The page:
To improve focus during performance, you must train your recharge efficiency.
Without a target, you will miss at success. Goal setting is crucial to improving your performance, but always remember that your arrows matter too.
Competition confidence is possible despite what you might think or feel right now. Many performers begin to panic […]
Here’s a technique I created to improve my concentration in archery…and it has worked with tennis players and golfers too.
There seems to be three to five specific mechanical movements I need to really emphasize during my shot sequence. My actual POP words have changed over the years but the same routine is used for each and every arrow. Whether in competition or training, being able to protect this routine is a very valuable skill.
Actually I was going to entitle this post dealing with idiots/jerks, but then reconsidered 😉
First competitions are coming up for the new archers. While I have been competing for decades and absolutely love the buzz …some newbies and some veterans alike are not so inclined.
One specific feeling word that pops up is anxiety. This is a real medical problem for some people when it leads to panic attacks, hyperventilation, and fainting (yes I have been first responder on archery fields with such incidents so be prepared).
Berlin – December 2011. Women’s scratch. Round of 16. Shoot-off. Me against Maja Jaeger (Denmark). We were tied at 5-5 so it came down to one arrow to see who would progress to next round. I was super cool because I actually did not know she was former World Junior Champion and ranked Top 10 World and an Olympian too. The buzzer sounded. She shot fast. I did not look (I never do) but I heard the crowd cheer… then I shot my arrow and the crowd gasped! It was not until I saw her 9 and my 10 that I realised I won and could move to the next round… where I also beat her compatriot Louise Laursen. The Berlin Open stills remains my favourite competition on the international archery circuit… although for some reason I think it is better for me to avoid Denmark.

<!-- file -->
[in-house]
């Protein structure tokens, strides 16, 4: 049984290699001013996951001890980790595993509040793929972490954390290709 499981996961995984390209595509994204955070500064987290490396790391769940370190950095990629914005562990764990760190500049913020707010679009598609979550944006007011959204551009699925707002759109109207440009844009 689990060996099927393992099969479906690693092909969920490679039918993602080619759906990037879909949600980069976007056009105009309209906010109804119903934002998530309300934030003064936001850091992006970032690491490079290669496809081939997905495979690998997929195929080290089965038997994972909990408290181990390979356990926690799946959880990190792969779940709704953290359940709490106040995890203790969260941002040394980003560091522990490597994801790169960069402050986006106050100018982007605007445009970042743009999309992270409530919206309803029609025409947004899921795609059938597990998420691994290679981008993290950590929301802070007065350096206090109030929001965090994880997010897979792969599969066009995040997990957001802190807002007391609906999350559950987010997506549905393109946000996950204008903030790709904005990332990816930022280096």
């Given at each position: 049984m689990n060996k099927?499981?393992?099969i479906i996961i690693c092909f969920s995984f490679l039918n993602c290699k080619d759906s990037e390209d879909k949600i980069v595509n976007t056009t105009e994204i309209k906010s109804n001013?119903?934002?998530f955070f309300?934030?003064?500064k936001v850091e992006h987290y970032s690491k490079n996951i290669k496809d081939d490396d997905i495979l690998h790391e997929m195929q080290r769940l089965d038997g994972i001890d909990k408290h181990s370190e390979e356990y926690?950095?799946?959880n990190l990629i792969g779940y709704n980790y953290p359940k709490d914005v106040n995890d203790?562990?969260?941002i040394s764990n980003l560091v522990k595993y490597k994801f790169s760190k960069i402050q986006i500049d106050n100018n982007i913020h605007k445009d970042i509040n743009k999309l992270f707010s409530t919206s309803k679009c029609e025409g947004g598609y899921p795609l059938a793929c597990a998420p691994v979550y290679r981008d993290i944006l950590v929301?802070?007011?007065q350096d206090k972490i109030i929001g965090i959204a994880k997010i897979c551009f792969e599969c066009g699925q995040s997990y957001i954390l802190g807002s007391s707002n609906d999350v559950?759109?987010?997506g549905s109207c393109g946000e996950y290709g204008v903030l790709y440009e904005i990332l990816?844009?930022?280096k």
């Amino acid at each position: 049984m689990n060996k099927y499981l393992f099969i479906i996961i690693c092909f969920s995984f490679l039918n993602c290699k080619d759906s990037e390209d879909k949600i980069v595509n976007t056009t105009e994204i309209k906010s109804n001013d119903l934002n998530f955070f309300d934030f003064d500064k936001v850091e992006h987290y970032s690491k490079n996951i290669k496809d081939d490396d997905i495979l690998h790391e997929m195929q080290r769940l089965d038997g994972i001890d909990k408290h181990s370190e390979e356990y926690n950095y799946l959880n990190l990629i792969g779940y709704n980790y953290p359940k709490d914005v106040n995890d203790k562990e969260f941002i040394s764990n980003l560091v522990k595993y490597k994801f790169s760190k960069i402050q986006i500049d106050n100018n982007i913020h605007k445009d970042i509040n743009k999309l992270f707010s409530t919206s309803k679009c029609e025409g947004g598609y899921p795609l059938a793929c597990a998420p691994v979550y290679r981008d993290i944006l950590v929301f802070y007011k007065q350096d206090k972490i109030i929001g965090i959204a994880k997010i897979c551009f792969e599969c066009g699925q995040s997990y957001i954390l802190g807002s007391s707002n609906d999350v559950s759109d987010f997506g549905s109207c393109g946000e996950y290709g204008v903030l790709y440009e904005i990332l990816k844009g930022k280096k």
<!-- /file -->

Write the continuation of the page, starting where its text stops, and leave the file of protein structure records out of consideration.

This duel was a prime example of what an athlete must do at crunch time…
One of the hardest parts of being a coach and also one of the most rewarding is teaching someone how to do it without you. We are not there to hold the student’s hand each and every day so the best thing is to teach someone to reach beyond what they knew yesterday and to form new conclusions earned thru guided struggles today.
Recurve Archer since 2009.